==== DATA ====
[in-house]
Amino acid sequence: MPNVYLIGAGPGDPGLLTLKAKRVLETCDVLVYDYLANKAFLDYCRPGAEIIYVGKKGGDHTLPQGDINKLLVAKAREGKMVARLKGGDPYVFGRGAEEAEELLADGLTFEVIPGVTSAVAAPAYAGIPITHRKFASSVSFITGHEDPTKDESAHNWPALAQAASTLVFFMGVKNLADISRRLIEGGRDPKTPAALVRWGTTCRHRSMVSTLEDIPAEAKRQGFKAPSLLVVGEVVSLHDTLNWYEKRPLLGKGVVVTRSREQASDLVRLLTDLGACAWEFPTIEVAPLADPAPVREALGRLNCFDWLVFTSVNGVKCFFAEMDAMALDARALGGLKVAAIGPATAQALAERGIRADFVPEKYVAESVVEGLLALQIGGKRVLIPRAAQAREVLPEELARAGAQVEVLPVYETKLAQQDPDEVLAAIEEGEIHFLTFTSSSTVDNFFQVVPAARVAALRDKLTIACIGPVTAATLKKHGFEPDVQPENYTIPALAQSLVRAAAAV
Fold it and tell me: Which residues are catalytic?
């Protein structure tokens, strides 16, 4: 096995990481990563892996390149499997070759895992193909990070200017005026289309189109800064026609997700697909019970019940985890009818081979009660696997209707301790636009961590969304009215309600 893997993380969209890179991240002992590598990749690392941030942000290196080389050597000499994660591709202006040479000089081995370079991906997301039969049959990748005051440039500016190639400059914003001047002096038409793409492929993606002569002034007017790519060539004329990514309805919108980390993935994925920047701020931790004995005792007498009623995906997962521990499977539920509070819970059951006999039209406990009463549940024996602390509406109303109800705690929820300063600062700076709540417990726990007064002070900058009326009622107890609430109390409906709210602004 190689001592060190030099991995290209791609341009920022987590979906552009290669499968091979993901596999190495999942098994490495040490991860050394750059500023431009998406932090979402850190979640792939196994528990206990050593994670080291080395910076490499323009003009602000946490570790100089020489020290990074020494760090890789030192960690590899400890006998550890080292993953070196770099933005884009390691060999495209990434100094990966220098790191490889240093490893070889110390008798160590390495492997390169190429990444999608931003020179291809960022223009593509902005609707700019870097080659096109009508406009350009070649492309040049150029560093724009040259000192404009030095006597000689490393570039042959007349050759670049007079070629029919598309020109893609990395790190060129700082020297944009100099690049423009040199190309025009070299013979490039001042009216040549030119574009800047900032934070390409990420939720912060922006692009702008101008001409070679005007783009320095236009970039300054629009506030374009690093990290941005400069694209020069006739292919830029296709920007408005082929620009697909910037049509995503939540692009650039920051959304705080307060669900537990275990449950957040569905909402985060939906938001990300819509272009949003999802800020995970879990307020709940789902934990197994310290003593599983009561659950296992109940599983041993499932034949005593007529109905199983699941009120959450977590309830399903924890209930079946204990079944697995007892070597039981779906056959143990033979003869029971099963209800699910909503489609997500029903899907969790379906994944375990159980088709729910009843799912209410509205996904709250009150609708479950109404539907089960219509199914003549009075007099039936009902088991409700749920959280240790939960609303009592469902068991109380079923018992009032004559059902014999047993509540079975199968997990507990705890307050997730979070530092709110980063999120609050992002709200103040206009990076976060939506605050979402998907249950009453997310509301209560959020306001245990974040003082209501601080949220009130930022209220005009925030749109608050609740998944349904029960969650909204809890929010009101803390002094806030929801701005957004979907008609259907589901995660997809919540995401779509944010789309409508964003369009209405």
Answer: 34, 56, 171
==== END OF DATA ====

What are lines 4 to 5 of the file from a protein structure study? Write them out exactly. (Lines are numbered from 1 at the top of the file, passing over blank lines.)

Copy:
């Protein structure tokens, strides 16, 4: 096995990481990563892996390149499997070759895992193909990070200017005026289309189109800064026609997700697909019970019940985890009818081979009660696997209707301790636009961590969304009215309600 893997993380969209890179991240002992590598990749690392941030942000290196080389050597000499994660591709202006040479000089081995370079991906997301039969049959990748005051440039500016190639400059914003001047002096038409793409492929993606002569002034007017790519060539004329990514309805919108980390993935994925920047701020931790004995005792007498009623995906997962521990499977539920509070819970059951006999039209406990009463549940024996602390509406109303109800705690929820300063600062700076709540417990726990007064002070900058009326009622107890609430109390409906709210602004 190689001592060190030099991995290209791609341009920022987590979906552009290669499968091979993901596999190495999942098994490495040490991860050394750059500023431009998406932090979402850190979640792939196994528990206990050593994670080291080395910076490499323009003009602000946490570790100089020489020290990074020494760090890789030192960690590899400890006998550890080292993953070196770099933005884009390691060999495209990434100094990966220098790191490889240093490893070889110390008798160590390495492997390169190429990444999608931003020179291809960022223009593509902005609707700019870097080659096109009508406009350009070649492309040049150029560093724009040259000192404009030095006597000689490393570039042959007349050759670049007079070629029919598309020109893609990395790190060129700082020297944009100099690049423009040199190309025009070299013979490039001042009216040549030119574009800047900032934070390409990420939720912060922006692009702008101008001409070679005007783009320095236009970039300054629009506030374009690093990290941005400069694209020069006739292919830029296709920007408005082929620009697909910037049509995503939540692009650039920051959304705080307060669900537990275990449950957040569905909402985060939906938001990300819509272009949003999802800020995970879990307020709940789902934990197994310290003593599983009561659950296992109940599983041993499932034949005593007529109905199983699941009120959450977590309830399903924890209930079946204990079944697995007892070597039981779906056959143990033979003869029971099963209800699910909503489609997500029903899907969790379906994944375990159980088709729910009843799912209410509205996904709250009150609708479950109404539907089960219509199914003549009075007099039936009902088991409700749920959280240790939960609303009592469902068991109380079923018992009032004559059902014999047993509540079975199968997990507990705890307050997730979070530092709110980063999120609050992002709200103040206009990076976060939506605050979402998907249950009453997310509301209560959020306001245990974040003082209501601080949220009130930022209220005009925030749109608050609740998944349904029960969650909204809890929010009101803390002094806030929801701005957004979907008609259907589901995660997809919540995401779509944010789309409508964003369009209405």
Answer: 34, 56, 171